Related Guide: Please see the Financial Guide: YOUR RETIREMENT PLAN: How To Get Started.
Or, you may be saving for a new home and figured out that you need to save $5,000 per year for the next three years to come up with a down payment.
You may also want to reduce credit card debt or pay down a mortgage with your increased savings.
Related Guide: Please see the Financial Guide: SAVING MONEY: 10 Major Ways To Increase Your Nest Egg.
When setting your budgeting goals, decide how much you want to put away each year and what you will do with the savings. Your saving goals will depend on the financial planning goals mentioned above as well as on your age and income level.
If you want to save more than you have been saving, then you’ll need to cut down on optional expenditures. To do this, you’ll enter an amount under “budgeted amount” that is less than “last year’s actual.”
Review your budget each year to make sure it fits in with your financial goals, both long-term and short-term.
Now it’s time to actually create a budget. The easiest way to do this is to use an excel spreadsheet. If you’re not computer proficient, then use ledger paper or 8-1/2 by 11-inch paper used in “landscape” format (used horizontally instead of vertically).
As we stated before if you have a computer software program that formulates a budget for you, then use that, as it will be more convenient than writing up a budget by hand. But read through our guidelines anyway to get a grasp of the concepts involved.
Each sheet of paper should be headed by the name of the month. Once you’ve come up with January’s version, you can photocopy that 11 times, since each month’s version will be the same. You will end up with one sheet of paper for each month of the year.
Each month’s budget sheet might have five columns:
- Column 1, labeled “Expense,” will contain each of the items you listed under fixed and variable expenses.
- Column 2, labeled “Last Year’s Actual,” will contain the monthly amounts you came up with for each fixed and variable expense.
- Column 3, labeled “This Year’s Budgeted,” is where you will write in what you will allow yourself to spend on that item for the month. (It can, and probably will, differ from last year’s actual expense).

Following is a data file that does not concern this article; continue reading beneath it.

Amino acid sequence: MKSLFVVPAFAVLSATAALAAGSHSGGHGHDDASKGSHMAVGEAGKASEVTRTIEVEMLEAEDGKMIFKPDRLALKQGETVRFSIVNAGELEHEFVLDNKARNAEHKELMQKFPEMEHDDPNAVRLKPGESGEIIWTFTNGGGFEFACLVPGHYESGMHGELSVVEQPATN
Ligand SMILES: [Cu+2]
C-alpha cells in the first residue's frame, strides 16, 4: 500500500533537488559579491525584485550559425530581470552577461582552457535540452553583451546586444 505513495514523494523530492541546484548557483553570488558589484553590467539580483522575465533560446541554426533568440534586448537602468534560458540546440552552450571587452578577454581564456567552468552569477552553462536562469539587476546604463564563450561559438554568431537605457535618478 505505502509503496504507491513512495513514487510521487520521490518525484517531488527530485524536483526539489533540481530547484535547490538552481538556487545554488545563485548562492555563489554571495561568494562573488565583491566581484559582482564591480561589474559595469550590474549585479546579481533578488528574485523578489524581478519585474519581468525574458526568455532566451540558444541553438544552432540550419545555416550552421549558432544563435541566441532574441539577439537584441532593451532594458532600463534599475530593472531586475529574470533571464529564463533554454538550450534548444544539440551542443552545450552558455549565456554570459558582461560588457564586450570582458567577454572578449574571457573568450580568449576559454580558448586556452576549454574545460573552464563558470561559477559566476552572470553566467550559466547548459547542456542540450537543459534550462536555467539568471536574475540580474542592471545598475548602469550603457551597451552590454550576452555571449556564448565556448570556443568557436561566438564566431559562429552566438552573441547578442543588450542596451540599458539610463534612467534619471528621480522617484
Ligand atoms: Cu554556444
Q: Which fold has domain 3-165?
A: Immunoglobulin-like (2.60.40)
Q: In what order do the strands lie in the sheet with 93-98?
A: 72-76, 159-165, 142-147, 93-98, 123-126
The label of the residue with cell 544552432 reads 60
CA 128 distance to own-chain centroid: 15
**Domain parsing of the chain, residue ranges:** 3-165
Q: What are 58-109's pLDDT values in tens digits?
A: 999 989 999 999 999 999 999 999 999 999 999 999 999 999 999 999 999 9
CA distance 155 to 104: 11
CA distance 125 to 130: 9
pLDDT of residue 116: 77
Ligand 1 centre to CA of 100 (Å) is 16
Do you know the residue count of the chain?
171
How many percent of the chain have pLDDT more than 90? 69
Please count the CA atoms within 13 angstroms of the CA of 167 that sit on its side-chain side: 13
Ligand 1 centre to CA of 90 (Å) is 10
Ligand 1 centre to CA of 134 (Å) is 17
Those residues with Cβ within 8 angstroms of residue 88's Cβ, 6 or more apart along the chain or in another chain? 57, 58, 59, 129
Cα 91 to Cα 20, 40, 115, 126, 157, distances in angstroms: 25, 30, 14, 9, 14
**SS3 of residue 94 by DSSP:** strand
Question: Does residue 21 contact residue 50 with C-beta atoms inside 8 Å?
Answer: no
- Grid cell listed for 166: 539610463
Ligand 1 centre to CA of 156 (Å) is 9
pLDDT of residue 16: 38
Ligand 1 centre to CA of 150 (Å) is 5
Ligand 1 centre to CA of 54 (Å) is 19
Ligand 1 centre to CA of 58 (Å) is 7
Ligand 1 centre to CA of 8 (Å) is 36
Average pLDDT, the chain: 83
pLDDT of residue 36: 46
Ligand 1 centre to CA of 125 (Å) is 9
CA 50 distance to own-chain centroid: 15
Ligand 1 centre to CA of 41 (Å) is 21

- Column 4, labeled “This Year’s Actual,” is where you will write in what you spend on that item for the month.
- Column 5, labeled “Increase/Decrease,” is where you will write in how much more–or less–you spent during that month than you had budgeted.
Here is a partial view (showing just two expenses) of what your monthly budget might look like:
|Expense||Last Year’s Actual||This Year’s Budgeted||This Year’s Actual||Over/(Under) Budget|
Arrange the items in whatever way is convenient for you, but make your budget easy to use because this will help ensure that you use it. If you prefer to categorize your expenses in an orderly way (fixed vs. variable or optional vs. mandatory), then do so. If you prefer to categorize them in the order in which they come up during the month, or by the manner in which they are paid (cash, check, or credit card), then do it that way.
It takes discipline to record each amount in your budget as you pay it, but the discipline will pay off at the end of the year when you will have a clear picture of your spending.
Keep receipts for cash payments until you are able to record expenditures in your budget.
Don’t try to track every penny; instead, maintain a category called “petty cash” or “miscellaneous expenses” to cover spending cash that does not go for categorized items. This will cover cash that you withdraw from your checking account, but do not keep track of. Allow yourself a reasonable budgeted amount for this category.
At the end of each month, and then at the end of the year, look at your monthly totals to see whether you’ve under- or overspent your budgeted amounts. Performing a monthly and yearly review will help you to set or revise goals for next year.
At the end of each month and again at the end of the year, look at your monthly totals to see whether you’ve under or overspent your budgeted amounts. Performing a monthly and yearly review will help you to set or revise goals for next year.